Going back to school can indeed lead you to promotion, salary increases and even changing careers. And besides the financial benefits, a participating in lifelong learning can help boost your job satisfaction and improve your life overall. You will be much more marketable when it comes time to apply for jobs and it is common for companies to help fund advanced degrees for their employers. Even if you don’t get financial aid from your employer, there is plenty available through other resources and many schools help you tremendously through the transition.

But most importantly – you’ll be better at what you do. Those teachers mentioned above have to continuously educate themselves because common teaching practices change all the time, technology gets updated so quickly, children’s mentalities adjust at the snap of a chalk-covered finger (rarely do chalkboards exist in today’s classrooms, by the way – ever hear of a smart board?). But it’s the same in your field. People change, technology changes, business changes, and you need to change right along with it. You need to continuously educate yourself so that you don’t fall too far behind.

Employers are Getting it

Employers are seeing the benefits of graduate school quite clearly. They can save money on training, increase productivity and reap financial rewards when they employ those who hold graduate degrees. Many employers have established programs that lend financial support to employees interested in earning a graduate degree. In some professions, lifelong learning education is part of the job and employees are expected to keep their skills current. This is the case with those teachers, as well as the medical and technology sectors—these professionals cannot do their jobs without engaging in a cycle of constant learning.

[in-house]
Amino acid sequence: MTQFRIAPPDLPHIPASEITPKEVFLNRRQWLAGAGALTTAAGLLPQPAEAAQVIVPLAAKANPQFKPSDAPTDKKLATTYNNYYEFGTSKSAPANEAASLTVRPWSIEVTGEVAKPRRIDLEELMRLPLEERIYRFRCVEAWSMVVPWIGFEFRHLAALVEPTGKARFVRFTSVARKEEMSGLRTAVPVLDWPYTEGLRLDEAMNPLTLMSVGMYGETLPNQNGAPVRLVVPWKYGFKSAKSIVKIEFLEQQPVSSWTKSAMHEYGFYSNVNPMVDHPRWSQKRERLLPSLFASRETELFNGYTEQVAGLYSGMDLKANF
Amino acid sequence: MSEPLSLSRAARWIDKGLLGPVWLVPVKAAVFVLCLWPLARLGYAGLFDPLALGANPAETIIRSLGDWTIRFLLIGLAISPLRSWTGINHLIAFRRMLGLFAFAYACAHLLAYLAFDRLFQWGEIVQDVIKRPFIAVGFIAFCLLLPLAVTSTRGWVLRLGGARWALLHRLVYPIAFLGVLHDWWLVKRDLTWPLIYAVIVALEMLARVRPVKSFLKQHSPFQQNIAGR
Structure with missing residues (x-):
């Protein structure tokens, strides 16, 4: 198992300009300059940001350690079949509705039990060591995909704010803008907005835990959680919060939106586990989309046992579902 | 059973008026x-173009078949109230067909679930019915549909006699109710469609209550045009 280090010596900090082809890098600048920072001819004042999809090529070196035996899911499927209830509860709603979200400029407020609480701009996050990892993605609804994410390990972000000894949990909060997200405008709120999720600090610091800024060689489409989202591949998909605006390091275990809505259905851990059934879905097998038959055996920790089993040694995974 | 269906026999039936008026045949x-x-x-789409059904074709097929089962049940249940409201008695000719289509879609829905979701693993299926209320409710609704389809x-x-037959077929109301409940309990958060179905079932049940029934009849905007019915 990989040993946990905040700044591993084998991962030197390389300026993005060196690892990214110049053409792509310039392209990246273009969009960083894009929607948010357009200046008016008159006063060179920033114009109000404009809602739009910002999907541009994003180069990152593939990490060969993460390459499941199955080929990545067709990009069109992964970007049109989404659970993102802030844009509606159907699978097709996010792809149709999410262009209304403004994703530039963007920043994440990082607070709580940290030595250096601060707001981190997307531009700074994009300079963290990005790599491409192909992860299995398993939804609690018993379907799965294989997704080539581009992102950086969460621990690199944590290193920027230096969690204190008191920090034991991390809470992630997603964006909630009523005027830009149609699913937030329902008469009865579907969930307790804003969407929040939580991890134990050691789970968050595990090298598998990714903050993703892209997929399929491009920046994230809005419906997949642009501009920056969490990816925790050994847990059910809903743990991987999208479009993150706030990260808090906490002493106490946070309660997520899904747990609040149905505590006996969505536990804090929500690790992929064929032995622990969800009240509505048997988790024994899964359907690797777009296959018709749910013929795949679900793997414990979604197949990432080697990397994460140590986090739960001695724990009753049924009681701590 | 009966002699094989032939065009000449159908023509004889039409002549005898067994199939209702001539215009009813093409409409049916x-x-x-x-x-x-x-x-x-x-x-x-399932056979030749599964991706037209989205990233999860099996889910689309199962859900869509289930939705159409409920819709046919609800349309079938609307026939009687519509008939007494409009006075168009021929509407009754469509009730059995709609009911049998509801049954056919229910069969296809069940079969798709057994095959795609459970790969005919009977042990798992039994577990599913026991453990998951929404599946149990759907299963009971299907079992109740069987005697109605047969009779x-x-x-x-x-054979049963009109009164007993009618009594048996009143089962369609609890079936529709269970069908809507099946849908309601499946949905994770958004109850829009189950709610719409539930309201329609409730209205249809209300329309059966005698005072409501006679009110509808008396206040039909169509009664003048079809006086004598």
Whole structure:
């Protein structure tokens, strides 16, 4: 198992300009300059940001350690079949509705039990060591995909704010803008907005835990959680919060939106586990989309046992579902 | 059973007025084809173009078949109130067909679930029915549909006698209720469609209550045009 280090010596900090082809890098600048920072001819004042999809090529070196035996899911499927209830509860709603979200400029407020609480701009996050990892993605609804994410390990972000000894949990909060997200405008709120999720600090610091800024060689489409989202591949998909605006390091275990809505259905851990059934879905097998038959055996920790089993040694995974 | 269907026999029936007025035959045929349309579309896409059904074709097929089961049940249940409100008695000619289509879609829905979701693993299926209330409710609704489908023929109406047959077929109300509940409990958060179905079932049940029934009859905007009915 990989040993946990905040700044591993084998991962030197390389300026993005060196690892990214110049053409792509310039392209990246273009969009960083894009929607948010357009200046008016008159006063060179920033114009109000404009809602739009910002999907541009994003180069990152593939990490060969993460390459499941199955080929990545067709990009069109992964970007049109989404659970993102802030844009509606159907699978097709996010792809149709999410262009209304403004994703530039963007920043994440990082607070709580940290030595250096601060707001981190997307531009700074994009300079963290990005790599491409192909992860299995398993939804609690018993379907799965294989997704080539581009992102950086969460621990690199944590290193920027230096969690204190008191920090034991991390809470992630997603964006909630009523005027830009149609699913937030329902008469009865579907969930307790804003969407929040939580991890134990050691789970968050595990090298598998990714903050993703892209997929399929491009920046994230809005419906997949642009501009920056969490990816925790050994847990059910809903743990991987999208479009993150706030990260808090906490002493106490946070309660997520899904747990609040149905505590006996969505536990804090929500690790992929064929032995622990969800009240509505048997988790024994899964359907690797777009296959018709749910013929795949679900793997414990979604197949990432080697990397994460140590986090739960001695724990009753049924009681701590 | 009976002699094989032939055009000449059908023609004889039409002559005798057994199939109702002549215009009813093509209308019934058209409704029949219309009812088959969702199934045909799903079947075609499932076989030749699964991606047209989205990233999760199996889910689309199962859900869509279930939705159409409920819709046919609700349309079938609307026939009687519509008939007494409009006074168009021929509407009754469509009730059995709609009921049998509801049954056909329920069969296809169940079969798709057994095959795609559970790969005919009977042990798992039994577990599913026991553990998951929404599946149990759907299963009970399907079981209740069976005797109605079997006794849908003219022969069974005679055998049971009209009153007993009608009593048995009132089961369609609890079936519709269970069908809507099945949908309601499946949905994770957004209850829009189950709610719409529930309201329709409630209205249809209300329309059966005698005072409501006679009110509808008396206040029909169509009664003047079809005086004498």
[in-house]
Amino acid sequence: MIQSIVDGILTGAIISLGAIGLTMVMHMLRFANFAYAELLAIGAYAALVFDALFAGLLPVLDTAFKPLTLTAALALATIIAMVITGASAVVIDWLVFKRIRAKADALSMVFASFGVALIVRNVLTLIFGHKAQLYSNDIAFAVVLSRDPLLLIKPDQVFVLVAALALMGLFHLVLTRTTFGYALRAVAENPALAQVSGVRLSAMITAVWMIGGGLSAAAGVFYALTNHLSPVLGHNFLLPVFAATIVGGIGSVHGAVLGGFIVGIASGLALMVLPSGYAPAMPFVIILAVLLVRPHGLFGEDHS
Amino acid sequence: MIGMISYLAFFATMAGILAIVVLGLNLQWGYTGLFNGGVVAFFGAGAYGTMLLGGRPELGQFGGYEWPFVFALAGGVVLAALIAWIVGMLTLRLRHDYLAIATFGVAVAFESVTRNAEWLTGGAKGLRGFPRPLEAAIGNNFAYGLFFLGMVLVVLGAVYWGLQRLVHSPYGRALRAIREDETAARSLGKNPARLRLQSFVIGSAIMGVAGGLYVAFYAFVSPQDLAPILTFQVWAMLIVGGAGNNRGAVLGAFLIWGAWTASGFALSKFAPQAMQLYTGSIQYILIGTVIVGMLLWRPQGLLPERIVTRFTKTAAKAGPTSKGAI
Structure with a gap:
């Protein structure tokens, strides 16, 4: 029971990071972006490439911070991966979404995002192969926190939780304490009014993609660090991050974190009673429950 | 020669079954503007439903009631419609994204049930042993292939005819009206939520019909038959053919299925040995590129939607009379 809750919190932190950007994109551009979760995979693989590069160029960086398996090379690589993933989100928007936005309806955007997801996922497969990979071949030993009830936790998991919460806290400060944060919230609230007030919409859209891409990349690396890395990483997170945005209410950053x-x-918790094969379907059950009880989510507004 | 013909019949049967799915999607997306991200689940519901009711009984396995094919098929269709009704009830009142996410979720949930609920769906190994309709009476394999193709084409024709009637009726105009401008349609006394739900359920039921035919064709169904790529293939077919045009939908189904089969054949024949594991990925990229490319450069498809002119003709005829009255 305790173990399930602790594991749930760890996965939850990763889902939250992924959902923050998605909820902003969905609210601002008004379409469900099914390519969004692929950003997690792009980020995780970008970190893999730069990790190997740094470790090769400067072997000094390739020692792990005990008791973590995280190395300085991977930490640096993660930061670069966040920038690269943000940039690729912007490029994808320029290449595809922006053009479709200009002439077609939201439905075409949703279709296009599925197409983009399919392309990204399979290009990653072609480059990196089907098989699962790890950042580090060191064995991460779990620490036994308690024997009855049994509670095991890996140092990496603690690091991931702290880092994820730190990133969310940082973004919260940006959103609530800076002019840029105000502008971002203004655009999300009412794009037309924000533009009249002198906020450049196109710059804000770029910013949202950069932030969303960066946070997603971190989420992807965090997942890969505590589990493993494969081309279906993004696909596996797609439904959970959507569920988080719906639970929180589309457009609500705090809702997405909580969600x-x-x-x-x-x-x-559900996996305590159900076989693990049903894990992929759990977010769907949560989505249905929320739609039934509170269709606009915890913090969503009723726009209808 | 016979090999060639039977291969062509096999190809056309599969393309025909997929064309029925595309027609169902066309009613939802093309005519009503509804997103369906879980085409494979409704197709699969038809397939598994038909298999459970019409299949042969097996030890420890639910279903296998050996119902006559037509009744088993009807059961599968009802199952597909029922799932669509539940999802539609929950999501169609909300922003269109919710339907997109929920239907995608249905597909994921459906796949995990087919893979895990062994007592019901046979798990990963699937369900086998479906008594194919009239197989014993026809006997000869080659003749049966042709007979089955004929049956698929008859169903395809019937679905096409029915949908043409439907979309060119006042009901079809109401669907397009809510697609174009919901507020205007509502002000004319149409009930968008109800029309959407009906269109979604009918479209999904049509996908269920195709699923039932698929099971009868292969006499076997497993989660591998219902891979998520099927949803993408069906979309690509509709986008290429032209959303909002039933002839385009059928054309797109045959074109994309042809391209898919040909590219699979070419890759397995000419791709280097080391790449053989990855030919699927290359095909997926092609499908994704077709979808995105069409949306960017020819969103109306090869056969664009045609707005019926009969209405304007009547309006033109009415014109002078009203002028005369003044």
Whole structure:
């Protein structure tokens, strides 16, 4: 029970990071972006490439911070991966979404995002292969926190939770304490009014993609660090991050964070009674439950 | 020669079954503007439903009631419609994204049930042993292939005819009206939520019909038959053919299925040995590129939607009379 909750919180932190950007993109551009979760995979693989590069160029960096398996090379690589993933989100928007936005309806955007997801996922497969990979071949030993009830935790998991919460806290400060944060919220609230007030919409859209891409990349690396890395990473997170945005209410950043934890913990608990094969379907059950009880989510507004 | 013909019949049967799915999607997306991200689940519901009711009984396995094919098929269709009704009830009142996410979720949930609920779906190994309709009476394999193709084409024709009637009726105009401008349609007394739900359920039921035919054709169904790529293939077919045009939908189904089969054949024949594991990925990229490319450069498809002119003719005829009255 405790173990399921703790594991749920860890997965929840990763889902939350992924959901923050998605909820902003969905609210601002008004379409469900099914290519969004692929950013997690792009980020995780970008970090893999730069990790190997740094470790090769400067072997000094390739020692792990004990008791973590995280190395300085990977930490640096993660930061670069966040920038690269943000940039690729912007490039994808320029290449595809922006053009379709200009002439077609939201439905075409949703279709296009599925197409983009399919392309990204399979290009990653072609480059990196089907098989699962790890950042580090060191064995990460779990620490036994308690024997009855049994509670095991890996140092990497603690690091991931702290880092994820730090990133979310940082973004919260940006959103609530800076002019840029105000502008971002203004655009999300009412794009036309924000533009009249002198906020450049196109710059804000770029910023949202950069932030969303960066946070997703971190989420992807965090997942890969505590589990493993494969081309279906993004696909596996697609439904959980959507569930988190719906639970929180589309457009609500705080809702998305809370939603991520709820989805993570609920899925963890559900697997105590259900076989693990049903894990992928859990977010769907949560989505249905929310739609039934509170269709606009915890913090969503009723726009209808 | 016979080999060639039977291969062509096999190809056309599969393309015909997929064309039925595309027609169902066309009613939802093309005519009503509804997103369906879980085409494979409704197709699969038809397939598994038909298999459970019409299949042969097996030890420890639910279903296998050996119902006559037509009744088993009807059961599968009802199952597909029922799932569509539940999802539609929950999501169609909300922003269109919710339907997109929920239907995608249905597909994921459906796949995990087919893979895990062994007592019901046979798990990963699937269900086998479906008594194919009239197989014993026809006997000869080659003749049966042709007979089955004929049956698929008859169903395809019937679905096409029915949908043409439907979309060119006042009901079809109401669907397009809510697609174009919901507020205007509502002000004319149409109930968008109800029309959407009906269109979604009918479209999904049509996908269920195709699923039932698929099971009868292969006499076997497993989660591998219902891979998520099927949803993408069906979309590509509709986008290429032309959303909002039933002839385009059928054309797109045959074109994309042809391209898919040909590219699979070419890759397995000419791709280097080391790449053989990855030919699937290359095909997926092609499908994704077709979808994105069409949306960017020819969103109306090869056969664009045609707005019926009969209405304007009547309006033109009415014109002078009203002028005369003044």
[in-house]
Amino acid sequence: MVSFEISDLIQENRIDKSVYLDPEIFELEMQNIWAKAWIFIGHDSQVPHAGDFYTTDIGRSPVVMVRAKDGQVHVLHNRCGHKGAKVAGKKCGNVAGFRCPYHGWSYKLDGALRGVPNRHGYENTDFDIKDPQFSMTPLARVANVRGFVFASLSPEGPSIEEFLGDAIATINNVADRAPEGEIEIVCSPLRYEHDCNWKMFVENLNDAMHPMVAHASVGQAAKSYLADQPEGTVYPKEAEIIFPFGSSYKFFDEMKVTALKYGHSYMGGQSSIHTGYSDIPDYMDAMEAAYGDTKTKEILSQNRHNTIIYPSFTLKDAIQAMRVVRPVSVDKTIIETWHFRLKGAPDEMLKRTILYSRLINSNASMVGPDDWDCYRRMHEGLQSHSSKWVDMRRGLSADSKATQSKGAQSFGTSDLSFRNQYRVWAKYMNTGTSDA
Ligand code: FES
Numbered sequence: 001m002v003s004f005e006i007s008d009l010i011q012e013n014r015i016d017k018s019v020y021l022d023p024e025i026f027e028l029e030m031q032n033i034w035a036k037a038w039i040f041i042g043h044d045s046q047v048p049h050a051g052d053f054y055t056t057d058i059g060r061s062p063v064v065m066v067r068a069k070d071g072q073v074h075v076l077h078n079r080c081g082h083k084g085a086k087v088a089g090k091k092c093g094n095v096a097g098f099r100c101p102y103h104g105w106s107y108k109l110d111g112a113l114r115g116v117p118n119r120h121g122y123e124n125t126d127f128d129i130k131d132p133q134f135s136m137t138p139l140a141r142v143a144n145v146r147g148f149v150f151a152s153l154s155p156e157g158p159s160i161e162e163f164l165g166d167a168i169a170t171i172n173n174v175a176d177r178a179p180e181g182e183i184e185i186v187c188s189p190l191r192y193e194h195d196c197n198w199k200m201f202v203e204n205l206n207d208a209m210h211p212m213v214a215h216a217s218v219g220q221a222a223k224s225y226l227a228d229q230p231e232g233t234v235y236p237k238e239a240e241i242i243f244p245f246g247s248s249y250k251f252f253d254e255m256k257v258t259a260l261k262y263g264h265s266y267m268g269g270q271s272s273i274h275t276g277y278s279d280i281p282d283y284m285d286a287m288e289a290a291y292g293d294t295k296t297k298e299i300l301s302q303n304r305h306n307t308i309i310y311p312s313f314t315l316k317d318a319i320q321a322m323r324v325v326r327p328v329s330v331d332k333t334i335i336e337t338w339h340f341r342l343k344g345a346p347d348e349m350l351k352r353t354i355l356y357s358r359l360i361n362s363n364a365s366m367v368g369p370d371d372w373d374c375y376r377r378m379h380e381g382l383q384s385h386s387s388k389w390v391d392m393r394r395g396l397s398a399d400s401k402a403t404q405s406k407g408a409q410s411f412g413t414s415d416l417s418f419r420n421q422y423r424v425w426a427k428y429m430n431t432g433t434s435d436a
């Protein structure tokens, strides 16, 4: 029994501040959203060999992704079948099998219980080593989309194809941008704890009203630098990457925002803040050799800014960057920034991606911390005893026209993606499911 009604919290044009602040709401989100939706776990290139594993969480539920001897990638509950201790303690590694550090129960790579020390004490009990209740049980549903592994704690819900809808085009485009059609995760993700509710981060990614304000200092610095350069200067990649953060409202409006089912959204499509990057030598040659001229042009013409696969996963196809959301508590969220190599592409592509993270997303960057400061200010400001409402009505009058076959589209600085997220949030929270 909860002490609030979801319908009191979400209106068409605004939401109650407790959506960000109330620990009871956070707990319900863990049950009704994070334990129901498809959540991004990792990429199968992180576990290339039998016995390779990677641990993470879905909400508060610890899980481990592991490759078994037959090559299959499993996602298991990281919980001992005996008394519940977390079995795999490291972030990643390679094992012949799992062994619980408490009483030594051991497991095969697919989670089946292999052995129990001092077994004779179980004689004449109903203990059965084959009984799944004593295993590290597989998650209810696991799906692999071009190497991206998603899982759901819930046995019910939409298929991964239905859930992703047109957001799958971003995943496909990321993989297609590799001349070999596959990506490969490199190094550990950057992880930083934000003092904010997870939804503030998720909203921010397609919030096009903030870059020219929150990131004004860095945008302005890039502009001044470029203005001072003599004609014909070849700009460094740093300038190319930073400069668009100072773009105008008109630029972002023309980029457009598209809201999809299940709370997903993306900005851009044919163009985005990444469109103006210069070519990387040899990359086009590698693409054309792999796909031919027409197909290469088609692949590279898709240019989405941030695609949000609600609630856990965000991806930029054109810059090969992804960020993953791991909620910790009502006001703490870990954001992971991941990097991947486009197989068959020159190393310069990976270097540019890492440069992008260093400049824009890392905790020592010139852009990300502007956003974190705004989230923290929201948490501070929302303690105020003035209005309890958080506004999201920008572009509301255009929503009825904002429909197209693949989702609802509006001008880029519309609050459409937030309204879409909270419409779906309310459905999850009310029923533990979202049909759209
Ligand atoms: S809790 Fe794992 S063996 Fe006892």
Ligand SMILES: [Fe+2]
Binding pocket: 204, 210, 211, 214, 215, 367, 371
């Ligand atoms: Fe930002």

Now that employers and the world in general have realized all that graduate degree holders have to offer, people are looking for ways to make going back to school happen. One helpful way in which to do this is through what the Council for Adult & Experiential Learning calls “Lifelong Learning Accounts (LiLAs).” These LiLAs were established to promote “long-term employability” for America’s workers. The LiLA program entails: